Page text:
Next-Generation Treatment

Aug. 18, 2011

About the author: Neda Simeonova is editorial director of Water & Wastes Digest. Simeonova can be reached at [email protected] or 847.391.1011.

The Johns Creek Environmental Campus (JCEC) is situated on 43 acres off Holcomb Bridge Road in the city of Roswell bordering the Chattahoochee River in Fulton County, Ga. This state-of-the-art, $137-million, 15-million-gal-per-day membrane bioreactor (MBR) water reclamation facility sets the standard for integration of a wastewater facility into the surrounding community, eliminating the negative impacts—odor, noise, unappealing aesthetics and impacts to the receiving water—typically associated with such a facility.

Born from a vision of developing the next generation of treatment facilities, according to Kelly K. Comstock, P.E., BCEE, of Brown and Caldwell, “The JCEC has shown that integration of technology, sustainable design and public involvement can produce a facility that is welcomed by and benefits the surrounding community.”

The Vision

Prior to JCEC, the existing facility that served the area of Fulton County had reached the end of its useful life and could no longer treat water to the high quality required for continued discharge in this portion of the Chattahoochee River, which is classified as a trout stream. In order to support continued growth in the area, Fulton County realized that additional high-level treatment capacity would be necessary and decided to decommission the existing facility and develop the JCEC.

“The project was first conceived in 2002 under late Fulton County Commissioner Bob Fulton, who developed the vision for the project,” Comstock said. “The design and construction of the facility began in June 2006, and the facility was completed in November 2009.”

The Challenges

To minimize impact to the neighboring community, the facility was designed as a balanced site; thus, truck traffic to and from the site was minimal. The 400,000 cu yd of soil removed from the footprint of the facility had to be staged and then backfilled.

Furthermore, the facility followed an aggressive schedule for permitting, design, construction and start-up. In order to allow work to begin rapidly, the design was released in 14 different construction packages.

“There was extensive permitting required for the facility, including permitting from Fulton County, the city of Roswell, the state of Georgia Department of Natural Resources Environmental Protection Div., the U.S. Army Corps of Engineers and the National Park Service. The designer, design-builder and Fulton County worked closely together during the permitting process to ensure all information was compiled and public meetings were held to successfully receive all permits,” Comstock said.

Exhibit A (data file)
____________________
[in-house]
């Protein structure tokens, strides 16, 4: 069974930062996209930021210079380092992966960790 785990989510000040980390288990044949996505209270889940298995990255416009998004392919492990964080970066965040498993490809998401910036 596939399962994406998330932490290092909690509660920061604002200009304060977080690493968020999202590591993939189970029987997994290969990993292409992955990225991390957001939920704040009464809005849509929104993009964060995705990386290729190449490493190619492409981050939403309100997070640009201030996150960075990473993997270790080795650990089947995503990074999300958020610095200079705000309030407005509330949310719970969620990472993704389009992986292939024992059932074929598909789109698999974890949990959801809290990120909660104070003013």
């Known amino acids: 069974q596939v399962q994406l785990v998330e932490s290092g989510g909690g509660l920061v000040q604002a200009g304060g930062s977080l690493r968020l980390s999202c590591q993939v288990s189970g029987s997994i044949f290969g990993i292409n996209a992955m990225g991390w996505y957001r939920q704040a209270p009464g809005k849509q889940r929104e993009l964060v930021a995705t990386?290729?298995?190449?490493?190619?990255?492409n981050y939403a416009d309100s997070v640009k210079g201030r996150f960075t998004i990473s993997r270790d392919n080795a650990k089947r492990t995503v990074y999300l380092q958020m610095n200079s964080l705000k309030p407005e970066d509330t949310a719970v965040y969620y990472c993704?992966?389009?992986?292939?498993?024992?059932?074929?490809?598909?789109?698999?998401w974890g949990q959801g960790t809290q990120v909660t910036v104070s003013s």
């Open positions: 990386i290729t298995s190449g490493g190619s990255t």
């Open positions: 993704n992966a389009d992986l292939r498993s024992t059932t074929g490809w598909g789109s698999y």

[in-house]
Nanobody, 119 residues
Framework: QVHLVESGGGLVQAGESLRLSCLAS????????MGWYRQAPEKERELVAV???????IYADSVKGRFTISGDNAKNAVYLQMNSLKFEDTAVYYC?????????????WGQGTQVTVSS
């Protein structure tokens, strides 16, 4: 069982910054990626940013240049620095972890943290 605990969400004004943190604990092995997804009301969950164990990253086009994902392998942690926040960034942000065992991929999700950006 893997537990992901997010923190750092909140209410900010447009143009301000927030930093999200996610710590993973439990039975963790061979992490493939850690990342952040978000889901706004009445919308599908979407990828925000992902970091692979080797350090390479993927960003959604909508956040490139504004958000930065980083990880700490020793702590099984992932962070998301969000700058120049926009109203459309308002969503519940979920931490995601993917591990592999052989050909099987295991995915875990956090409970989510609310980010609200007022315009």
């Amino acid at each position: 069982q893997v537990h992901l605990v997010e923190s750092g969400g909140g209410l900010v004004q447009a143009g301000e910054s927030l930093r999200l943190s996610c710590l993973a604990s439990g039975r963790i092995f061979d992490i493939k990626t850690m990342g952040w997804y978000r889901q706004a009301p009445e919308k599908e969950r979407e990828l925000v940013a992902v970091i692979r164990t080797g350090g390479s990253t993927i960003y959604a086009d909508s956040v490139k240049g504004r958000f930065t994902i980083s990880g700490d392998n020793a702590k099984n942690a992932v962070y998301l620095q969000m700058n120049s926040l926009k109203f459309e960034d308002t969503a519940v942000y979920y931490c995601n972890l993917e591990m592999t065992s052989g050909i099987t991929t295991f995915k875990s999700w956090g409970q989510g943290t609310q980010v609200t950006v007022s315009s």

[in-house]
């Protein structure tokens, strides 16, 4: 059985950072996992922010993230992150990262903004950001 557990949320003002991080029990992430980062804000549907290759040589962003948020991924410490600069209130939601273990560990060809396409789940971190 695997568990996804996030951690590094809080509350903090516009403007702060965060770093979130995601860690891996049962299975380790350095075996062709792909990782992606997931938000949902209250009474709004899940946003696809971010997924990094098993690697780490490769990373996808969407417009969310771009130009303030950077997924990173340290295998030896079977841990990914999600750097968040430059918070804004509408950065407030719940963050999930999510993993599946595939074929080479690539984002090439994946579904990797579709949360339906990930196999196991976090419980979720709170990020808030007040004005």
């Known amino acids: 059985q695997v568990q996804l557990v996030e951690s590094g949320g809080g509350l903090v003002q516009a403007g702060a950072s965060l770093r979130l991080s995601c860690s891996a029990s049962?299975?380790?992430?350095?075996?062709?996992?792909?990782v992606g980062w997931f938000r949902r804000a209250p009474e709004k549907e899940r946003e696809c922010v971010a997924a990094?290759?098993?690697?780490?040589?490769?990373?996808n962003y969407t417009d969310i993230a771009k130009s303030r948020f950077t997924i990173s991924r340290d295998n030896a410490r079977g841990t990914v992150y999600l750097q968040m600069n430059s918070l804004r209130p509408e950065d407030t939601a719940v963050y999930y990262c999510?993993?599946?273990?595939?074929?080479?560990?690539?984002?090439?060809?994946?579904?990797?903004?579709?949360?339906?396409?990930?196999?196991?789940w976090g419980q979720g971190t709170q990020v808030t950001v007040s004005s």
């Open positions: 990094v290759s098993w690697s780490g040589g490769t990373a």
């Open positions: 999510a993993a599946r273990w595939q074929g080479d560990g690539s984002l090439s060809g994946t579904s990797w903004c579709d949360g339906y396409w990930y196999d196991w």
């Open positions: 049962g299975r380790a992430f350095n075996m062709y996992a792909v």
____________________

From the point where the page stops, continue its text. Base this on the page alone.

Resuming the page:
The Philosophy

The project used a design-build approach to provide a single point of responsibility in the design and construction of the facility. Archer Western Constructors and Brown and Caldwell provided the design and construction. Fulton County Public Works staff contributed project oversight with minimal outside help.

“The JCEC architectural components and overall design philosophy are based on the understanding that this facility is to last 100 years,” Comstock said.

Sustainable design and new technologies were incorporated into this facility, including: 1) MBR technology that treats water to near drinking water quality, which makes for a small-footprint facility reserving more than 35 acres for public access; 2) Regional building materials used throughout the project to reduce cost, provide a green approach to construction and help the facility blend into the surrounding community; 3) Landscaping, which included planting more than 500 new trees on a previously cleared site and entrance area to the facility and included pervious pavers and low-water-use plants; 4) A storm water control system that incorporates green best management practices, including bioswales and wet retention systems, and an educational 9,000-gal cistern that captures rainwater for irrigation; 5) High-quality reuse water generated at the facility is used for irrigation, fire protection and toilet flushing in the facility; 6) Mechanical systems that have been designed for reduced power consumption by providing high-efficiency motors and variable frequency drives on larger pumping systems and high-efficiency heat pumps; and 7) An odor control system that utilizes a combination of wet scrubbers and granular activated carbon to treat all of the air coming in contact with the treatment process, ensuring that odor does not leave the site.

The Success

The JCEC project was one of the largest alternative delivery projects to take place in Fulton County. It has won 12 different industry awards, including Design Build Project of the Year for the Southeast U.S.

The JCEC is the largest MBR reclaimed water facility in the country. It addresses the critical needs of providing wastewater treatment to accommodate future growth in Johns Creek basin. Furthermore, it enhances environmental learning and quality of life: The site includes a park and interpretive nature trail system, including a cascading stream and pond system and educational facility with a lecture hall, classroom and teaching labs.

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About the Author

Neda Simeonova

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